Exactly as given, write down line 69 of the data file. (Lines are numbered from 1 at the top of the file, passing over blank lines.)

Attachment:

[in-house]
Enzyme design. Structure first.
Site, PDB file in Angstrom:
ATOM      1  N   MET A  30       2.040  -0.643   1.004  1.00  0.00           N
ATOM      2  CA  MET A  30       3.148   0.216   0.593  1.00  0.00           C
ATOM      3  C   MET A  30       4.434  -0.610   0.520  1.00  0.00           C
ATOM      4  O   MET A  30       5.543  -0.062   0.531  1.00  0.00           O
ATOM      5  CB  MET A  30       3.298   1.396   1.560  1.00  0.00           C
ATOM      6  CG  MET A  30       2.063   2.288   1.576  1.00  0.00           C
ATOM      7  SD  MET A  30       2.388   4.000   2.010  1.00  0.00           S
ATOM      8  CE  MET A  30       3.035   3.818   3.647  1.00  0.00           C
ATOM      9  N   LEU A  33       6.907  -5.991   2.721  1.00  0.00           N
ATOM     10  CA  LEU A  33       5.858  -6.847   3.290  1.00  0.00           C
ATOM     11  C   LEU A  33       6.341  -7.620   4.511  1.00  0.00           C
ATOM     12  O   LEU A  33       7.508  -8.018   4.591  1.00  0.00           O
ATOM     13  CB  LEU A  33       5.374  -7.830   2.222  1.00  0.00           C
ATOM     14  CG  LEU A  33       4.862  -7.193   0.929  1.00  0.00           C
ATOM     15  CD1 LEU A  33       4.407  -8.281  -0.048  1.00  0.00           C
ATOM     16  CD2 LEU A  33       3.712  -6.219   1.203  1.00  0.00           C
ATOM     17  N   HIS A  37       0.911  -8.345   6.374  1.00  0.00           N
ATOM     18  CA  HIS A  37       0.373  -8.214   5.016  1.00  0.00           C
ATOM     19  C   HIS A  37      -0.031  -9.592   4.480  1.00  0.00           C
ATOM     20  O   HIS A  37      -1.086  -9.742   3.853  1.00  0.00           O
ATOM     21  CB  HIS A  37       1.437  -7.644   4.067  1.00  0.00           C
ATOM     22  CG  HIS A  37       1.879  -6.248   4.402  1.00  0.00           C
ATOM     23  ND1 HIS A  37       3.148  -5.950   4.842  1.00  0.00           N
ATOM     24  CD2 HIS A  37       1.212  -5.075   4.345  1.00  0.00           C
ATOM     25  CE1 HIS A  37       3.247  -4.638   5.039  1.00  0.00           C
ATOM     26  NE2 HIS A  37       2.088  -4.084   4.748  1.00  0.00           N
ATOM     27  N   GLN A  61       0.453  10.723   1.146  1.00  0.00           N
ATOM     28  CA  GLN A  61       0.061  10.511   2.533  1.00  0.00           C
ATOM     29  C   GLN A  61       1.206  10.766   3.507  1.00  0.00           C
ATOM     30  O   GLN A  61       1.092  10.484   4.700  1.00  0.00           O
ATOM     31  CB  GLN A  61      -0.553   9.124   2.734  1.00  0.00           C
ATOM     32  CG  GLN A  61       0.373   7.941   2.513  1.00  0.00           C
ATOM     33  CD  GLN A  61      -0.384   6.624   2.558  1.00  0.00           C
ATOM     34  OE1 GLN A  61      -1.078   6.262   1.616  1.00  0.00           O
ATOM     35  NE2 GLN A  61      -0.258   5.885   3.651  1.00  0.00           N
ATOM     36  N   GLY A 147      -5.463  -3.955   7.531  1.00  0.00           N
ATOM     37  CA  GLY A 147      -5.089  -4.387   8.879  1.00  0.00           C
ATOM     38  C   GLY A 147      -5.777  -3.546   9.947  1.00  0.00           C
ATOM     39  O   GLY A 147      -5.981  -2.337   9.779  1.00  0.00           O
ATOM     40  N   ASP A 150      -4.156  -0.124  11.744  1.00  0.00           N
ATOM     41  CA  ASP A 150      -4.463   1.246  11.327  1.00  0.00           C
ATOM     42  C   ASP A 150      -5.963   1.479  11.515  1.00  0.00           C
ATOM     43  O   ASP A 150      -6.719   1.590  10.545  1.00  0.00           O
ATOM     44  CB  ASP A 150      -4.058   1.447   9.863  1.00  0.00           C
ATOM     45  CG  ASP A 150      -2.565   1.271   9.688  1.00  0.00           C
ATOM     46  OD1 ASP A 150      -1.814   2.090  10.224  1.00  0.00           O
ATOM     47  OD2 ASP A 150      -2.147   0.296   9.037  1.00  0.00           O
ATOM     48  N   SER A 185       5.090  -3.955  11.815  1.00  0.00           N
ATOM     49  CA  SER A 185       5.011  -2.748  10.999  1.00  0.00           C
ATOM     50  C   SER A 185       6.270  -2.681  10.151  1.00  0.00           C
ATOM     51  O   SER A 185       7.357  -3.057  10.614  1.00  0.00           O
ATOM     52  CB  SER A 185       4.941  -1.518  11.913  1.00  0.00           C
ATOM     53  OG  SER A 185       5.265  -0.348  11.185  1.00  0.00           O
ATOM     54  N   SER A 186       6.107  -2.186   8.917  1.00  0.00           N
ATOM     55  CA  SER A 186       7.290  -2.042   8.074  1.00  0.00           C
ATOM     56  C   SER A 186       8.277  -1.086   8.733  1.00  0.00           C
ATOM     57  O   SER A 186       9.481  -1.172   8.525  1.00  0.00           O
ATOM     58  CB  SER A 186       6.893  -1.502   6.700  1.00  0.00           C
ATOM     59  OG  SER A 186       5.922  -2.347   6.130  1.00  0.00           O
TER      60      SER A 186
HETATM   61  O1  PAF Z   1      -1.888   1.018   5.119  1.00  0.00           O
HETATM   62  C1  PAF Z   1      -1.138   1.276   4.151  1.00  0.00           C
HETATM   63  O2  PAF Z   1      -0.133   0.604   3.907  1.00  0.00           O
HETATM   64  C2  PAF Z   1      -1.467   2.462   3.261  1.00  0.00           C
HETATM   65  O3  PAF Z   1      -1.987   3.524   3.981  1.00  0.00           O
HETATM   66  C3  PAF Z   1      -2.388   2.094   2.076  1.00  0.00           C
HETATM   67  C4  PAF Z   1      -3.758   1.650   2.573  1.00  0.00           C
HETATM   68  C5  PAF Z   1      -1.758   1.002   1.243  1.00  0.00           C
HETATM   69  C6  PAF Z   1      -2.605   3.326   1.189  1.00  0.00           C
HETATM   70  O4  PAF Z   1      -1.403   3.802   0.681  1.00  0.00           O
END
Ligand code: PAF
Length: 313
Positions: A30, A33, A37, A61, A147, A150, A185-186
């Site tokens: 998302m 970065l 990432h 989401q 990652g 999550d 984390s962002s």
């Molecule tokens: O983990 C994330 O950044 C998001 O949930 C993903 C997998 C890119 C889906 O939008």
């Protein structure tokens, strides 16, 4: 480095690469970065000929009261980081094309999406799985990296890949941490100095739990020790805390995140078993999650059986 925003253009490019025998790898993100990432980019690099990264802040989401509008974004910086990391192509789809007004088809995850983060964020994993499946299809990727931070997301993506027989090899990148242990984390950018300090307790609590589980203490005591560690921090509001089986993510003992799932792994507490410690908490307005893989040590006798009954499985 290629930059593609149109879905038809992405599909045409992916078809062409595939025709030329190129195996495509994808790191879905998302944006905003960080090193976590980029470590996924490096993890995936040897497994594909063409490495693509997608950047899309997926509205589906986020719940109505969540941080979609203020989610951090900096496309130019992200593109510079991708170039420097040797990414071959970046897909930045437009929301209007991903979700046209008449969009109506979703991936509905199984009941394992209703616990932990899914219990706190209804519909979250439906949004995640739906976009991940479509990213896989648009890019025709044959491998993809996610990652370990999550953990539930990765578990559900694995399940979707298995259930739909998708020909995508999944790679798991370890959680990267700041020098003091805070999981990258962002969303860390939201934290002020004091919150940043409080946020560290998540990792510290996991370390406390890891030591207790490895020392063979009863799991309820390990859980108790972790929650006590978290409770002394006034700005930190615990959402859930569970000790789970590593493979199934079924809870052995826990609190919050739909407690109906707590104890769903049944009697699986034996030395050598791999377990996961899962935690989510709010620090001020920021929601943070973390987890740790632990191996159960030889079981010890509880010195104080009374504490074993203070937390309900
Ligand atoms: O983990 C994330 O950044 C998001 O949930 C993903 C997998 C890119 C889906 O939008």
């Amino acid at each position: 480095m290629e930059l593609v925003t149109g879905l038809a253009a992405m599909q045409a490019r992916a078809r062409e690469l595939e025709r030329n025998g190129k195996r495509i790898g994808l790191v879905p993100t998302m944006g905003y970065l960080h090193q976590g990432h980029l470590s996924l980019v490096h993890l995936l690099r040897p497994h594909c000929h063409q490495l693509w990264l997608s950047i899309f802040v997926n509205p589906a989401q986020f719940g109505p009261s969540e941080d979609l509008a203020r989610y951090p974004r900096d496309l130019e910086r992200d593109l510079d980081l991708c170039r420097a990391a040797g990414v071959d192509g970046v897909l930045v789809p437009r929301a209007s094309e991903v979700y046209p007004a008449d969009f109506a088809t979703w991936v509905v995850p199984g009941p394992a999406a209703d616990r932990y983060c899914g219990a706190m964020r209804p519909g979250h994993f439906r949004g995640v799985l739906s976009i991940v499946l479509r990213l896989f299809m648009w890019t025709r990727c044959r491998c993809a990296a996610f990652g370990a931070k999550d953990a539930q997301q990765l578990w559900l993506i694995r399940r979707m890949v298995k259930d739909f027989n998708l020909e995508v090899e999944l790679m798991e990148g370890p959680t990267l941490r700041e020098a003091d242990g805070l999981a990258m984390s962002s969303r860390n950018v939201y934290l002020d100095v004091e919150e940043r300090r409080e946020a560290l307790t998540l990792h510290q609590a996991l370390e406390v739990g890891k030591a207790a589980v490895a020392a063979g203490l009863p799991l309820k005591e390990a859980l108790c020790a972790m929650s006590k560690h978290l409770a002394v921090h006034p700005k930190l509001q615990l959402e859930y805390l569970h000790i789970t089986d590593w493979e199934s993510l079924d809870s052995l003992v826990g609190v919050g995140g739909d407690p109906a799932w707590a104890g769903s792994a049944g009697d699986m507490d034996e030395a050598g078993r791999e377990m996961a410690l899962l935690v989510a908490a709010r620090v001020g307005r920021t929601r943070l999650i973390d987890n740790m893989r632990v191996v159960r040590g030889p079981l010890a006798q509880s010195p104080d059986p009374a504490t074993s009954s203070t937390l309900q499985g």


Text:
HETATM   66  C3  PAF Z   1      -2.388   2.094   2.076  1.00  0.00           C